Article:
The Renaissance period is one of the most studied and celebrated eras of history. Spanning the end of the Middle Ages to the beginning of modernity, it has come to symbolise the transformative rebirth of knowledge, art, culture and political thought in Europe. And for the last two hundred years, historians have been trying desperately to identify what makes this period unique.
In Inventing the Renaissance, acclaimed historian Ada Palmer provides a fresh perspective on what makes this epoch so captivating. She is witty and irreverent about the fantasies that historians have constructed about the period. She examines the defining figures and movements: the enduring legacy of Niccolò Machiavelli, the rediscovery of the classics, the rise and fall of the Medici family, the astonishing artistic achievements of Michelangelo, Leonardo and Cellini, and the expansion of secular Humanism. Palmer also explores the daily lives of the poor, the artisans and the rich. Books, for example, could cost as much as grand houses and were major investments for any ambitious family. She offers fifteen character portraits of ‘typical’ Renaissance men and women, some famous, some obscure, which are brilliant, provocative and entertaining.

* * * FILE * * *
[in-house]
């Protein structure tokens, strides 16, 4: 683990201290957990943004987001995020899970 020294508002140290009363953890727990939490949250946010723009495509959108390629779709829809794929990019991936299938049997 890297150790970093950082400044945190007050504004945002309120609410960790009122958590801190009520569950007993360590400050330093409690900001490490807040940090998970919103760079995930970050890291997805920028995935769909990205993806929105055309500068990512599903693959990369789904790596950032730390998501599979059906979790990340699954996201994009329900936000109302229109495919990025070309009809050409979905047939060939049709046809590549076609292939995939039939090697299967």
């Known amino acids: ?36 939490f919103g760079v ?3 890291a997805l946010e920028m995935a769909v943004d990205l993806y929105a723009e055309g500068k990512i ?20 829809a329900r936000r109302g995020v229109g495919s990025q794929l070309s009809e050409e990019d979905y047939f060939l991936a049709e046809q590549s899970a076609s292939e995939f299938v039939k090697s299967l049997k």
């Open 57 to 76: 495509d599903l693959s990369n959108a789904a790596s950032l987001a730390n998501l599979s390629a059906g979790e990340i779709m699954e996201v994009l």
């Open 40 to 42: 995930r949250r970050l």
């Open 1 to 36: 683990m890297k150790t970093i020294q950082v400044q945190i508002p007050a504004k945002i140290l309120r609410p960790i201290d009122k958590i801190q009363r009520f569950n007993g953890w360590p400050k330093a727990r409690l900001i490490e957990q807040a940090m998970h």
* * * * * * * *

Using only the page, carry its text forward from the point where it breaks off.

Drawing on her popular online blogs and writing with her characteristic energy and wit, Palmer presents the Renaissance period as we have never seen it before. Colloquial, funny and brilliant, this is the least boring work of scholarship you’re ever likely to read.